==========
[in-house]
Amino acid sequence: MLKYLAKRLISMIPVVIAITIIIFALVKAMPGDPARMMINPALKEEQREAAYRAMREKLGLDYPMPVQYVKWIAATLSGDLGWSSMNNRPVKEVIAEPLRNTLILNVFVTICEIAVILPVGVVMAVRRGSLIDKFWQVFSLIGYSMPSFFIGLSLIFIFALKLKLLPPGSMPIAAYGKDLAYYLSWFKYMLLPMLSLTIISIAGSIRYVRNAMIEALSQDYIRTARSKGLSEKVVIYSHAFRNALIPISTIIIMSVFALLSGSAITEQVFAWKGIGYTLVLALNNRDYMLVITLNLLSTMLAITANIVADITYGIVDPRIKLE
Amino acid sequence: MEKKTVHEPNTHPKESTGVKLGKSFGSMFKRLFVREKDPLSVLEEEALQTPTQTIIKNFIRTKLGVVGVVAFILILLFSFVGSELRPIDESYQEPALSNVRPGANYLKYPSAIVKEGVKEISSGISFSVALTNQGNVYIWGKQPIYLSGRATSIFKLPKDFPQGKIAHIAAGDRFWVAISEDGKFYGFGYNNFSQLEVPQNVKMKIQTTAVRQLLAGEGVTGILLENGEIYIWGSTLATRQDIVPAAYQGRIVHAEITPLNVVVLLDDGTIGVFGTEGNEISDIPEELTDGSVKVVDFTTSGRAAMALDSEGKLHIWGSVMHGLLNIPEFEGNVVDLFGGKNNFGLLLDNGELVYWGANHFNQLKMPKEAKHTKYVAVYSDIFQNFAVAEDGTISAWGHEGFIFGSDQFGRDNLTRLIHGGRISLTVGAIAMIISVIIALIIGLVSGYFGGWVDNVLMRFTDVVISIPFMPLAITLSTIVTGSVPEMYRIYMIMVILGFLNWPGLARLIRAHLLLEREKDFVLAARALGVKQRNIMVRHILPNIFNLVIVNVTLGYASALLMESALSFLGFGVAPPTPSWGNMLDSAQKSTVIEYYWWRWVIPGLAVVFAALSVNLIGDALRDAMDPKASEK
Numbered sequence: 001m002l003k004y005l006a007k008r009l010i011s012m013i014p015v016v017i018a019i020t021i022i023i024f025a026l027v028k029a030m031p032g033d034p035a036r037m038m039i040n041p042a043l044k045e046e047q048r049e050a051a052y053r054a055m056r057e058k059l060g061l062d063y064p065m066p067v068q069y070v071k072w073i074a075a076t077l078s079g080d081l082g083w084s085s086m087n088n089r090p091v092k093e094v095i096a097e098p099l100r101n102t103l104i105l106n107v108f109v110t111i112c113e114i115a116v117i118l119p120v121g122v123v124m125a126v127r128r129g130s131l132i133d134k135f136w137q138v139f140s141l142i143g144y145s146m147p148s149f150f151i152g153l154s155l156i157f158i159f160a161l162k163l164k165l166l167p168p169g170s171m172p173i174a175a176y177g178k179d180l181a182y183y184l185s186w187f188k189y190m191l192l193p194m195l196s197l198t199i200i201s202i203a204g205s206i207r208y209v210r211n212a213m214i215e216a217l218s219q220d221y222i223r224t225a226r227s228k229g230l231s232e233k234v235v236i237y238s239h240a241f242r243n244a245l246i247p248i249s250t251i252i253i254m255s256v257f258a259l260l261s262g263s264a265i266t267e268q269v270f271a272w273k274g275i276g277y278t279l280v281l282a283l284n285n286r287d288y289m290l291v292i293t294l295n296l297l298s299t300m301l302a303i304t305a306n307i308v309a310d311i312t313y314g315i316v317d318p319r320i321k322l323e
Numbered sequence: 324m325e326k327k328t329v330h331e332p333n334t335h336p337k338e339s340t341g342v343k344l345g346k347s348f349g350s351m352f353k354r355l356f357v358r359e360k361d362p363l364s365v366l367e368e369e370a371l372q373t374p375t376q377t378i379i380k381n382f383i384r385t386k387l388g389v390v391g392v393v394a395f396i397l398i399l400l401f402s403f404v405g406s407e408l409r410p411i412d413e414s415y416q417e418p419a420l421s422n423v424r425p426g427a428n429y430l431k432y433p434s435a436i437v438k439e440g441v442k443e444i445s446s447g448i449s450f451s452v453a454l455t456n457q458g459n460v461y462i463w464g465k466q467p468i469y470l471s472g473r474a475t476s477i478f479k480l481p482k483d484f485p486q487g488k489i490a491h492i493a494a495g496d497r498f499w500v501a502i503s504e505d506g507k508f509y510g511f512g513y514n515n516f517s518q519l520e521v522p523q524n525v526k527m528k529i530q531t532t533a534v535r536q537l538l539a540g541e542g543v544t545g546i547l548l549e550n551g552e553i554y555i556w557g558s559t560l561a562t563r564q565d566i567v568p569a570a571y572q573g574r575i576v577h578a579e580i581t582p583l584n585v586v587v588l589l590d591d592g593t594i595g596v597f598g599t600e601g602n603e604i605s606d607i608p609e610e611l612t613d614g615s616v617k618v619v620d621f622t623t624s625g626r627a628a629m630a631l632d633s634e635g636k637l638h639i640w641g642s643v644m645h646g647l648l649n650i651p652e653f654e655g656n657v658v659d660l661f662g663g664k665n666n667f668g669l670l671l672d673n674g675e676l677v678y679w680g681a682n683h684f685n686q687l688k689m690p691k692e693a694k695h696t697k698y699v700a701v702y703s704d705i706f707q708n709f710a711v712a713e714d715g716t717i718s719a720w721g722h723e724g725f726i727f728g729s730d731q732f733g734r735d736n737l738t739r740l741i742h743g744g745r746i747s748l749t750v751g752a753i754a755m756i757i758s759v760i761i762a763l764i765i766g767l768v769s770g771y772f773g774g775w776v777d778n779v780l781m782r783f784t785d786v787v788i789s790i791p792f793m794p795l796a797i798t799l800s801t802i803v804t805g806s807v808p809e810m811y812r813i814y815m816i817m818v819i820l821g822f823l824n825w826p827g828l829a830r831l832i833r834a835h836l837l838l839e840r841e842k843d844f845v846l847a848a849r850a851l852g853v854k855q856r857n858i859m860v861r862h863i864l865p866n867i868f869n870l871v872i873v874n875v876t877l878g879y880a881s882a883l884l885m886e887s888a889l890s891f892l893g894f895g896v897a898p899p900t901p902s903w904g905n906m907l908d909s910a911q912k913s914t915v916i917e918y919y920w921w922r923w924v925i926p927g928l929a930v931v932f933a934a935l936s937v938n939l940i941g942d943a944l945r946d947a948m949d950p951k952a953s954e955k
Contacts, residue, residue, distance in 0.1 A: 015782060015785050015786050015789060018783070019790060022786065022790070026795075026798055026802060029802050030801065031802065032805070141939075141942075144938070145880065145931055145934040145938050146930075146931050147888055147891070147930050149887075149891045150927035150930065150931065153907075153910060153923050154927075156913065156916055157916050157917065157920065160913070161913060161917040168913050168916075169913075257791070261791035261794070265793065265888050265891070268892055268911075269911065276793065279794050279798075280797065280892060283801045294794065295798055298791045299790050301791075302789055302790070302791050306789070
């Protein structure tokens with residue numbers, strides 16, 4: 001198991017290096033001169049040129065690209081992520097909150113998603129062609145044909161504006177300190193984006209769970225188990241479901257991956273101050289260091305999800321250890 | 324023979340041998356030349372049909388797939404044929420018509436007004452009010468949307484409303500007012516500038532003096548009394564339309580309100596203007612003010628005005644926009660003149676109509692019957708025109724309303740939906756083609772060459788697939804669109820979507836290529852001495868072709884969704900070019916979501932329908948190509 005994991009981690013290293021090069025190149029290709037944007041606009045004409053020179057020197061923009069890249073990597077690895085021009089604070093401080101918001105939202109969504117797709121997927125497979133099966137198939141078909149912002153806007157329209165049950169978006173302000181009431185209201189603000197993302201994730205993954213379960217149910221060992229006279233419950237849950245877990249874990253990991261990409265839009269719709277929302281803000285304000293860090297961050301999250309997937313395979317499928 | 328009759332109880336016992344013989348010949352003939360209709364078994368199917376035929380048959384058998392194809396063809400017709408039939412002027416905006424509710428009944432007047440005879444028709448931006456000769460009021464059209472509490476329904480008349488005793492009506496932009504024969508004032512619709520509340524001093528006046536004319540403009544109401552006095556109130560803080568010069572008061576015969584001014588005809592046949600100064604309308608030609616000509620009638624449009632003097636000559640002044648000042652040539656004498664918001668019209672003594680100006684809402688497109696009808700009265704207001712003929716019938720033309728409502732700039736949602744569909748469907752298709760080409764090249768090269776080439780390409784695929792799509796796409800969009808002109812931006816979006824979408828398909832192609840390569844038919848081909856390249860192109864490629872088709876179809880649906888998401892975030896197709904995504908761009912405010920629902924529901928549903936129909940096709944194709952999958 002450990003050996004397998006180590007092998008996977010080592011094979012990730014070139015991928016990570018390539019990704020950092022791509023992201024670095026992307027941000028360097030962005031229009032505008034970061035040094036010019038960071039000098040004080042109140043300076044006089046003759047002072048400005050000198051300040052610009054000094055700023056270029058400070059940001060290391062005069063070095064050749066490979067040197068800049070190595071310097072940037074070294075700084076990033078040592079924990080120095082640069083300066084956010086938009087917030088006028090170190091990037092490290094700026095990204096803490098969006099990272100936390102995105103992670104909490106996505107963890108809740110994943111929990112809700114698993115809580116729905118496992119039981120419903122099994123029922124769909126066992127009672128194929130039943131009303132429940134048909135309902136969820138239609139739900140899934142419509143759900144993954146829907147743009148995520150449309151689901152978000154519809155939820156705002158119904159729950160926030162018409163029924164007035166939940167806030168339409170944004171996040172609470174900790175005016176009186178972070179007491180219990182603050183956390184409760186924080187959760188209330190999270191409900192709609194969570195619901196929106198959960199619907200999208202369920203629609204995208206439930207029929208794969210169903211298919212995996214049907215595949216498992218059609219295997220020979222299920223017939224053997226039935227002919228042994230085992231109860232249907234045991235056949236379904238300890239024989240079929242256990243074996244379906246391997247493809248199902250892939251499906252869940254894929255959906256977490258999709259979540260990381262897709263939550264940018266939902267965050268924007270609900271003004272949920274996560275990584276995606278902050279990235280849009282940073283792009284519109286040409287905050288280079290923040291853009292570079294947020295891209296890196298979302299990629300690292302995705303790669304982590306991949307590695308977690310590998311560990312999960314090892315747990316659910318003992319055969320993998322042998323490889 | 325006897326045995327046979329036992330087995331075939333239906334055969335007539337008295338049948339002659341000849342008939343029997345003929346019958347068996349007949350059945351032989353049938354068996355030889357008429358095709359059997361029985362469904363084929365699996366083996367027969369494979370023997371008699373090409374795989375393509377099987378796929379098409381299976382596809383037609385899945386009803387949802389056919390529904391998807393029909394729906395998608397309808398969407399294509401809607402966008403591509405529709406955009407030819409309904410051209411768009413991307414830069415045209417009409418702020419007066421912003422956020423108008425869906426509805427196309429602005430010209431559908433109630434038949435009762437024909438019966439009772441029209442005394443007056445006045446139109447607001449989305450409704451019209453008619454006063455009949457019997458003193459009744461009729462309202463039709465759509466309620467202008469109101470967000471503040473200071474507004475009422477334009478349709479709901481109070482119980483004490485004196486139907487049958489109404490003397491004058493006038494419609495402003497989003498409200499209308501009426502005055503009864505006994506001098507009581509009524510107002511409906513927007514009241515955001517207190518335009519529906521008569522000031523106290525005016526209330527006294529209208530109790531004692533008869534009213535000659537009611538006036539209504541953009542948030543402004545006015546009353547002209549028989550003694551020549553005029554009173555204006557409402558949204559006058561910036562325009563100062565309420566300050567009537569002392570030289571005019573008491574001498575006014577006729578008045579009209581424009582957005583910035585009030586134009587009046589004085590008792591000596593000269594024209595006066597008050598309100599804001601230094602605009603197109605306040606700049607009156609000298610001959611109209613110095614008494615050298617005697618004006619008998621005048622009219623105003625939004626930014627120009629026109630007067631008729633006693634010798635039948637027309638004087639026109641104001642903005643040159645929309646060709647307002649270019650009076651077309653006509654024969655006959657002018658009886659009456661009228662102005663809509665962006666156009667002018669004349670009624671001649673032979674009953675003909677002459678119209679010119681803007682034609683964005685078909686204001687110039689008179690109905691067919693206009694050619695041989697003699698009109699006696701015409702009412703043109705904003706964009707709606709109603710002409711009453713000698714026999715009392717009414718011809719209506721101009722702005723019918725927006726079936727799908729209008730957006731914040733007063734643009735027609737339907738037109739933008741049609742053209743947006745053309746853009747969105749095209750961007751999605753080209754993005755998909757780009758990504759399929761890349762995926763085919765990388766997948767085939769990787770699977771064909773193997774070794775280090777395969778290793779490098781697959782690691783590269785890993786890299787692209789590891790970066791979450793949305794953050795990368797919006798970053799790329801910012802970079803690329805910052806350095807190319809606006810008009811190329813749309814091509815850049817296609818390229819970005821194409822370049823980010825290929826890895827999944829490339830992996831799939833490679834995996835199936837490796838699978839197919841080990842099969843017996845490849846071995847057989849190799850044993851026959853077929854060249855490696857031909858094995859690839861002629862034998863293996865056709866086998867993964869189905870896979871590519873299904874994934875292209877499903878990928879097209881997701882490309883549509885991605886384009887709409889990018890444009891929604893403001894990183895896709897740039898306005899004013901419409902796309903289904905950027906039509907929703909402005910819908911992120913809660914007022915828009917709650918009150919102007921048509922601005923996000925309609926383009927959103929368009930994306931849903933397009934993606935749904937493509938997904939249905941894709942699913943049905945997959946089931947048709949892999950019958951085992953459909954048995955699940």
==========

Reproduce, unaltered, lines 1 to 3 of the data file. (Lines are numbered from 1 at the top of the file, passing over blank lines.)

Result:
[in-house]
Amino acid sequence: MLKYLAKRLISMIPVVIAITIIIFALVKAMPGDPARMMINPALKEEQREAAYRAMREKLGLDYPMPVQYVKWIAATLSGDLGWSSMNNRPVKEVIAEPLRNTLILNVFVTICEIAVILPVGVVMAVRRGSLIDKFWQVFSLIGYSMPSFFIGLSLIFIFALKLKLLPPGSMPIAAYGKDLAYYLSWFKYMLLPMLSLTIISIAGSIRYVRNAMIEALSQDYIRTARSKGLSEKVVIYSHAFRNALIPISTIIIMSVFALLSGSAITEQVFAWKGIGYTLVLALNNRDYMLVITLNLLSTMLAITANIVADITYGIVDPRIKLE
Amino acid sequence: MEKKTVHEPNTHPKESTGVKLGKSFGSMFKRLFVREKDPLSVLEEEALQTPTQTIIKNFIRTKLGVVGVVAFILILLFSFVGSELRPIDESYQEPALSNVRPGANYLKYPSAIVKEGVKEISSGISFSVALTNQGNVYIWGKQPIYLSGRATSIFKLPKDFPQGKIAHIAAGDRFWVAISEDGKFYGFGYNNFSQLEVPQNVKMKIQTTAVRQLLAGEGVTGILLENGEIYIWGSTLATRQDIVPAAYQGRIVHAEITPLNVVVLLDDGTIGVFGTEGNEISDIPEELTDGSVKVVDFTTSGRAAMALDSEGKLHIWGSVMHGLLNIPEFEGNVVDLFGGKNNFGLLLDNGELVYWGANHFNQLKMPKEAKHTKYVAVYSDIFQNFAVAEDGTISAWGHEGFIFGSDQFGRDNLTRLIHGGRISLTVGAIAMIISVIIALIIGLVSGYFGGWVDNVLMRFTDVVISIPFMPLAITLSTIVTGSVPEMYRIYMIMVILGFLNWPGLARLIRAHLLLEREKDFVLAARALGVKQRNIMVRHILPNIFNLVIVNVTLGYASALLMESALSFLGFGVAPPTPSWGNMLDSAQKSTVIEYYWWRWVIPGLAVVFAALSVNLIGDALRDAMDPKASEK